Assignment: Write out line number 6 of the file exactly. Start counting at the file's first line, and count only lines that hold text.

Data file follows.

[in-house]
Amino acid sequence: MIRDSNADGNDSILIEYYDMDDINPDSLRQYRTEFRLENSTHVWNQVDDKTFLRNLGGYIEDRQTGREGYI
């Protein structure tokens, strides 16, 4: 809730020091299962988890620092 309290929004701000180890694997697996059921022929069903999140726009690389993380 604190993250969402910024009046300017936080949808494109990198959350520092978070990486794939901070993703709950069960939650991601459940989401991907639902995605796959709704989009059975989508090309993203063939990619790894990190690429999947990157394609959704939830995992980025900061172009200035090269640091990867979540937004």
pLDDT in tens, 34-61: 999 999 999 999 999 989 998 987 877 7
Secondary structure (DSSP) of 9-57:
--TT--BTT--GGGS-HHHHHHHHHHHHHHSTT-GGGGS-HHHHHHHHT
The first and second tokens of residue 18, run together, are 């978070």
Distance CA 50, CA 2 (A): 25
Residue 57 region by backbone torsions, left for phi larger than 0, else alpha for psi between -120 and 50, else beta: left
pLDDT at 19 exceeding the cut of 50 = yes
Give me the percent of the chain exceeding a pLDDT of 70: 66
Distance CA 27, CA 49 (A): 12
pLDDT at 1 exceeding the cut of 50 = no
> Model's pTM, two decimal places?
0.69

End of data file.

--TT--BTT--GGGS-HHHHHHHHHHHHHHSTT-GGGGS-HHHHHHHHT